It’s like the ultimate back-to-school gift card: $10 billion for cash-strapped school districts to recall laid-off teachers and keep thousands of K-12 jobs.
Supporters of the extra funding say it will keep about 140,000 educators working. The money for teachers, which is part of an aviation safety bill, was approved by the Senate Thursday and will likely pass the House next week when representatives unexpectedly return from August recess.
The infusion of cash could save half the jobs that school districts were expected to have to trim, according to a June survey by the American Association of School Administrators (AASA). Seven out of 10 jobs saved are expected to be teaching positions.
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It will be “a welcome infusion of money when people are in pretty desperate financial shape,” says Jeff Simering, legislative director for Council of the Great City Schools, a coalition of 66 large urban districts.
Some districts will be able to find out how much money should be coming their way before the school year starts, he says, while others could use the funds to adjust class sizes during the early weeks when enrollment numbers at each school typically become clear.
Along with money for education, the amendment that’s attached to the aviation bill would also channel $16 billion to states to help pay for Medicaid, an expense that often prompts budget cuts in other areas.
In the original stimulus package, education received more than $100 billion to be spent by the end of this coming school year.
Portions of that money have saved more than 300,000 education jobs, the US Department of Education estimates, based on quarterly reports from the states. An independent statistical analysis found similar figures: 342,000 jobs, or 5.5 percent of K-12 employment, were funded by the stimulus, the Center on Reinventing Public Education reported in March.
Most of those jobs would be wiped out this year by further declines in state and local education funding if Congress doesn’t pass the new bill, says AASA executive director Dan Domenech.
Given the hard economic choices that institutions and individuals are facing these days, that wouldn’t necessarily be a bad thing, critics of the bill say.
“At a minimum [Congress should] use it as an opportunity to encourage [and] provide cover for states to start getting their fiscal houses in order in terms of education spending,” says Frederick Hess, director of education policy studies at the American Enterprise Institute. States could be required to reform costly pension and health-care structures, and districts could be required to report on their cost-effectiveness, he suggests. “Instead, what they’ve said is, ‘Hey, if you complain enough, here’s $10 billion: Spend it now, we’ll worry about the future later.’ “
But drastic state budget cuts mean schools are running out of options, Domenech says. “Everybody has been tightening their belts,” by cutting back on energy, making transportation more efficient, and even going to a four-day week in hundreds of districts. Now cuts will go to the bone – the teaching staff, he says. “It’s important to have small class sizes to deal with the needs of children at risk.”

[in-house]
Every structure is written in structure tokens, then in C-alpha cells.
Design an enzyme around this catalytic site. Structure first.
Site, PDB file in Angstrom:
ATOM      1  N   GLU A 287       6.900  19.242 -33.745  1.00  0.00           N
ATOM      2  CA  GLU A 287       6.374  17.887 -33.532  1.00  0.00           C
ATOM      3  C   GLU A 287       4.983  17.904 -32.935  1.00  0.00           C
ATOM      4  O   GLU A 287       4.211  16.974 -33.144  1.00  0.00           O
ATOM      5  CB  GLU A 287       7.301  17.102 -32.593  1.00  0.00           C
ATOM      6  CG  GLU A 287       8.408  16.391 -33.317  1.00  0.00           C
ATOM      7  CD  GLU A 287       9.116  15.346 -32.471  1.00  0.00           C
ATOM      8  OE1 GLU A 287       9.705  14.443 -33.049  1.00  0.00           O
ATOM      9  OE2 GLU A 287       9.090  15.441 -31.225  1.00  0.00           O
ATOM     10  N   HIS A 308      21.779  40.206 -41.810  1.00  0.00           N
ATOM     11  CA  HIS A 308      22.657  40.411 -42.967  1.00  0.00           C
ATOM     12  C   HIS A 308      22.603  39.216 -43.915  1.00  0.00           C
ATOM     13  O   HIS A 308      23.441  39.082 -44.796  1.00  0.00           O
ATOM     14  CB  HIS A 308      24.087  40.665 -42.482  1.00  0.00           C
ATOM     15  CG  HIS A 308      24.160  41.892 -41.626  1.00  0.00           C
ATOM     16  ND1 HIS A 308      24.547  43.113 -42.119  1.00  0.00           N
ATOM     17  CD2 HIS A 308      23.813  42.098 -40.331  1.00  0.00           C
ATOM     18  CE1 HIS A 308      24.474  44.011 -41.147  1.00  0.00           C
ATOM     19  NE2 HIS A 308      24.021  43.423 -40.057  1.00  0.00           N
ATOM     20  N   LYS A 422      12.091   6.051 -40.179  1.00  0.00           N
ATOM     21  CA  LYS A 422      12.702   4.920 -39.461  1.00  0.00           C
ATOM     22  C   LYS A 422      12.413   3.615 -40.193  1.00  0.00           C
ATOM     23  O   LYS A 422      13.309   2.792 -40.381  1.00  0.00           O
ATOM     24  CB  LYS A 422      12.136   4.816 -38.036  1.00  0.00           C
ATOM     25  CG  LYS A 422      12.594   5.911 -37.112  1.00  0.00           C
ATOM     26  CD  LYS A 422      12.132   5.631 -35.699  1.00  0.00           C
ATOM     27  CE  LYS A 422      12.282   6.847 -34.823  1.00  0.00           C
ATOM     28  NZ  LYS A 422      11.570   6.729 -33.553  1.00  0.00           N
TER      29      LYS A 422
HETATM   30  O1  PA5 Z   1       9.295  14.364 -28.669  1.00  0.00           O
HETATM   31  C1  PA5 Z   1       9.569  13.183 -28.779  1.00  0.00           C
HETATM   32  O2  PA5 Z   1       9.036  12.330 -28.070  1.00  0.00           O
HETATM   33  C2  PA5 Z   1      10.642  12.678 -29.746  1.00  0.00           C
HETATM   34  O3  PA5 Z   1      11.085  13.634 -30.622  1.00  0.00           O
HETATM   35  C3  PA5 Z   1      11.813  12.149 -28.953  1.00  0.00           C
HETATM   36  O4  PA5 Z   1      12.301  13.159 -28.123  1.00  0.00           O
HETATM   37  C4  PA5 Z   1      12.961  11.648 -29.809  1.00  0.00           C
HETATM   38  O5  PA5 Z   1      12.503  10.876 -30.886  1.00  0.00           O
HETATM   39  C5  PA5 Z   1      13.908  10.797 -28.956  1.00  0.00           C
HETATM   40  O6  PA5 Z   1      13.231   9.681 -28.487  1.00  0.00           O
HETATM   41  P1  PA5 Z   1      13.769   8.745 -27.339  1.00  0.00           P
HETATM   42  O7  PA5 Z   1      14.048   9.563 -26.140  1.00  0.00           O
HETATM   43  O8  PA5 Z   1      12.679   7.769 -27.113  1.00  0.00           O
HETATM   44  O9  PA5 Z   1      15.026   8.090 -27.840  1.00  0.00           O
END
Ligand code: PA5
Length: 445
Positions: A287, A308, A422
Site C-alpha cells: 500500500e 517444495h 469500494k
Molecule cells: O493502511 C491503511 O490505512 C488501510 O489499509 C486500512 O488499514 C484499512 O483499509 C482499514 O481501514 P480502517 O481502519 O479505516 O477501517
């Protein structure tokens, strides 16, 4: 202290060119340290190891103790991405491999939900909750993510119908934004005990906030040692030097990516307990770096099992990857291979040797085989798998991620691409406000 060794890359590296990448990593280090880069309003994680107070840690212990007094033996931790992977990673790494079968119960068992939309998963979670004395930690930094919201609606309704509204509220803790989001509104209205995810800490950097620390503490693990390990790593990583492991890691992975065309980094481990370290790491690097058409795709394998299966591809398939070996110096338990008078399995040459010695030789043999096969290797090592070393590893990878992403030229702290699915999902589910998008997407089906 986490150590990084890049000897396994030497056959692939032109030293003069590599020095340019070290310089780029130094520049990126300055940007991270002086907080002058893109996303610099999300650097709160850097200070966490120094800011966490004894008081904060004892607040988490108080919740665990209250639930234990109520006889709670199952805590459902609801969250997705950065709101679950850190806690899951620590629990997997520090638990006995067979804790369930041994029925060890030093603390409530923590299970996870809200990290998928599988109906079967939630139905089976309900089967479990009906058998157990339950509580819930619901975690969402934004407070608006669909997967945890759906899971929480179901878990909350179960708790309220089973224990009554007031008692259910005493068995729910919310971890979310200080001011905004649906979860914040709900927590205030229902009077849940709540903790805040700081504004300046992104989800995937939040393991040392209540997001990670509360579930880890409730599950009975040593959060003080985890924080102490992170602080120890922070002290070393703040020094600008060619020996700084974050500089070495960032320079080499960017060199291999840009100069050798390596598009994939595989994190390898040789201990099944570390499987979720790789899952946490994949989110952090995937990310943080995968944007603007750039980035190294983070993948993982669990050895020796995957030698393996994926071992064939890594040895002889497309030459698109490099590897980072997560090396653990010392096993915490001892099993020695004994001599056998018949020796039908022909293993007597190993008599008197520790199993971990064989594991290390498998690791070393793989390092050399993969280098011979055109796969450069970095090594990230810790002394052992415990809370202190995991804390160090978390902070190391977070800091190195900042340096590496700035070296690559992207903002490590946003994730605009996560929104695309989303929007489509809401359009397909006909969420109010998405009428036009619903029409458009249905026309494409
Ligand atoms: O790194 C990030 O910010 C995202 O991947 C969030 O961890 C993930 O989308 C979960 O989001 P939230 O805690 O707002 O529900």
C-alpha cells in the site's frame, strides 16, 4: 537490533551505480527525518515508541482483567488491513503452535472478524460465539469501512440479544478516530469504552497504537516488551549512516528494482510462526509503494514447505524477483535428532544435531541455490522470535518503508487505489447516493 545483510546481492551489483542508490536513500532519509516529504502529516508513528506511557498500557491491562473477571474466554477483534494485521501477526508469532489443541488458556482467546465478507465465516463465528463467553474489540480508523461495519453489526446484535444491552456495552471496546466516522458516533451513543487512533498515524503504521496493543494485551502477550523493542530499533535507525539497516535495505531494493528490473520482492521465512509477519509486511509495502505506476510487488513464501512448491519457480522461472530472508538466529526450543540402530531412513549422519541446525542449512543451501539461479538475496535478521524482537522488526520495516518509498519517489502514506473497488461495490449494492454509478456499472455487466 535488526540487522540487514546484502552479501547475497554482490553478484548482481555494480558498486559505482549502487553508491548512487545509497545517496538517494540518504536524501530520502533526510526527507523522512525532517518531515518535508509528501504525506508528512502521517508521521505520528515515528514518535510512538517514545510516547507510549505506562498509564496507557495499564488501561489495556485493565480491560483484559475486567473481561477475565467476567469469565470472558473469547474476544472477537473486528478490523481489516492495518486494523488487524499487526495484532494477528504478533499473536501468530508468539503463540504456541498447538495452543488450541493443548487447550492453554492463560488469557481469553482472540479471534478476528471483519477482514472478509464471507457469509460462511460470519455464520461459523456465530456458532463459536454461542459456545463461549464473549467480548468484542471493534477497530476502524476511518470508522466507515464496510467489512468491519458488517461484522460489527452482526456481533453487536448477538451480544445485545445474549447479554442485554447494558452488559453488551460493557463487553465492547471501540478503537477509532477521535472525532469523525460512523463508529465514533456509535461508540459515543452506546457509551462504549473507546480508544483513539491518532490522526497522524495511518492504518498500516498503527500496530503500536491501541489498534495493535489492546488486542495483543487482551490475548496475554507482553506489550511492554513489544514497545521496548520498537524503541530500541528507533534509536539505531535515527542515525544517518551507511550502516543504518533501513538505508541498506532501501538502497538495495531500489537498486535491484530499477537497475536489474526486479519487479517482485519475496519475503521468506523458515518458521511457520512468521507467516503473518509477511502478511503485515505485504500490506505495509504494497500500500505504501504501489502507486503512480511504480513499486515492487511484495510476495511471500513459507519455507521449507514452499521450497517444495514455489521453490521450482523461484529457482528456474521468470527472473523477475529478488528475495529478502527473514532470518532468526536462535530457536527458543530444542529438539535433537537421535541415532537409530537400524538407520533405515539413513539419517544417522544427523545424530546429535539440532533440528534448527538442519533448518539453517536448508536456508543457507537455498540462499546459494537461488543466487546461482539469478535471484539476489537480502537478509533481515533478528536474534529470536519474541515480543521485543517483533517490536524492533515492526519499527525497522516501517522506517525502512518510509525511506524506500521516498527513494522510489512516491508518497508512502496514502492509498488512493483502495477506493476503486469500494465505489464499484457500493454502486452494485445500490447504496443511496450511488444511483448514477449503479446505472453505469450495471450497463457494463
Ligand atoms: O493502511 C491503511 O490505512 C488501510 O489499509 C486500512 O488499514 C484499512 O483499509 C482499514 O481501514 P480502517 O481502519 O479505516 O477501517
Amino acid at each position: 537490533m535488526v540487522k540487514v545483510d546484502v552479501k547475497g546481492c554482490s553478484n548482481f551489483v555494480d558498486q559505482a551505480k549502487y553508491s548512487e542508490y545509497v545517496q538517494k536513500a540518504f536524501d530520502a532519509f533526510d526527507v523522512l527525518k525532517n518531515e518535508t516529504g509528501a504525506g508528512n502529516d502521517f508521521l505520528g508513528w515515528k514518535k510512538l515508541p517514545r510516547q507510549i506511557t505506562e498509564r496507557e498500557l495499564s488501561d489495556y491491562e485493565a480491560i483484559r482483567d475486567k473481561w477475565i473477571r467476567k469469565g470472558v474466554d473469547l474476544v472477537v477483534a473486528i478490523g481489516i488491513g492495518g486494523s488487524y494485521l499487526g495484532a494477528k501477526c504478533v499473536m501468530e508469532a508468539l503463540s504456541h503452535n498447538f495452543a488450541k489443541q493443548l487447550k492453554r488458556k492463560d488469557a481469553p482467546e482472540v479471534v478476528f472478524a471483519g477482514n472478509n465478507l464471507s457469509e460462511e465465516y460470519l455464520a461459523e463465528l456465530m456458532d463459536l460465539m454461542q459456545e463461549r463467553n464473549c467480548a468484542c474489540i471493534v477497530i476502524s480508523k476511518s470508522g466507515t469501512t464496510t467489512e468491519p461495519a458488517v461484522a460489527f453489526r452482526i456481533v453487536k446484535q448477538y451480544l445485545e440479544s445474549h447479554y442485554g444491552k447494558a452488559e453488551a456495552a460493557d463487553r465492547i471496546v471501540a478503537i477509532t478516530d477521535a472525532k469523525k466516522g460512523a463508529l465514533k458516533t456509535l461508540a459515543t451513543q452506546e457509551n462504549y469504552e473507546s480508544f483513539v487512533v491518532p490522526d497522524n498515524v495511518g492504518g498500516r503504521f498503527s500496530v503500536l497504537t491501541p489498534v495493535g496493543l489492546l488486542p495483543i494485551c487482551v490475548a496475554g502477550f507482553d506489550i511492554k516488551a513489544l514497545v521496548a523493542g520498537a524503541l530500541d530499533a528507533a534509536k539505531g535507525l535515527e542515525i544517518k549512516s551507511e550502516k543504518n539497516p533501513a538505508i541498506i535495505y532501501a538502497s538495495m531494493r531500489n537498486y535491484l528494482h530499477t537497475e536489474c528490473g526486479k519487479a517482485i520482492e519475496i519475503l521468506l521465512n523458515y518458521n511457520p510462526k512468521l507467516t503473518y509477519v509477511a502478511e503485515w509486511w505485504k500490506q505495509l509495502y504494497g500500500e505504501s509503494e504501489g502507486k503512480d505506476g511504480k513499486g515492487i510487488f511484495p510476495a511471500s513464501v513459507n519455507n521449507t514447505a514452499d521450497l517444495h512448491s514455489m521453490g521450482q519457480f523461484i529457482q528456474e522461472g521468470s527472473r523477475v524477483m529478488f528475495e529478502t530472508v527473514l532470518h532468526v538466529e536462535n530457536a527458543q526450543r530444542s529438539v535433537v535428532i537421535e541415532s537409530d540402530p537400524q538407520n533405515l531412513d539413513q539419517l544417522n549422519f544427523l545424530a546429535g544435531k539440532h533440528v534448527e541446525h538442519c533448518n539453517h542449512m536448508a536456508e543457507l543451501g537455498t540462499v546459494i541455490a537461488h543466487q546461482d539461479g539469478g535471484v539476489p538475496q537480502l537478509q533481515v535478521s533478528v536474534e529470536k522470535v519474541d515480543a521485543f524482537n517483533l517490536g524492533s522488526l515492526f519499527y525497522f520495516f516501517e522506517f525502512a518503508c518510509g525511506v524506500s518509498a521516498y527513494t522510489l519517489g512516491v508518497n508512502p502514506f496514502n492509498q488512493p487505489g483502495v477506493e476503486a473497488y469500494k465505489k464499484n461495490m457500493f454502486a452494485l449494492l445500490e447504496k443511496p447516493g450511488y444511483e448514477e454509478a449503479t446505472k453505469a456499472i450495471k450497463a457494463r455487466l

Democratic lawmakers have been pushing for additional education stimulus dollars since last December, and at one point said $23 billion was needed to prevent massive layoffs. Earlier versions would have paid for the jobs funding by adding to the deficit, or by trimming from money already promised for education-reform initiatives through Race to the Top and other competitive grants. The latter idea fell apart when President Obama, in defense of such reforms, threatened a veto.
The current bill would be paid for by ending an expansion of food-stamp funding in 2014 and by reducing tax credits for multinational companies.
During Senate debate earlier this week, Republican leader Mitch McConnell of Kentucky called the bill “a last-minute effort by Democrats in Washington to funnel more money to the public employee unions before an election.”
But moderate Republicans Olympia Snowe and Susan Collins of Maine voted with Democrats to end a filibuster and allow the bill to move forward for Thursday’s Senate vote of 61-39.
House Speaker Nancy Pelosi called on representatives to return from August recess next week to vote on the measure and send it to President Obama, who supports it.
“This investment will save jobs and help prevent districts from shortening the school year, increasing class sizes, and closing libraries in the wake of horrific and damaging budget cuts,” said Rep. George Miller (D) of California, chair of the House committee that oversees education, in a statement today. “While this latest round of funding isn’t enough to avert all layoffs, it is a critical investment in our children and in our future.”
The education money would be distributed to states and districts based on population figures, the proportion of low-income students, and other existing education funding formulae. Preliminary estimates by the Department of Education show amounts ranging from $17.5 million for Wyoming to $1.2 billion to save 13,500 jobs in California.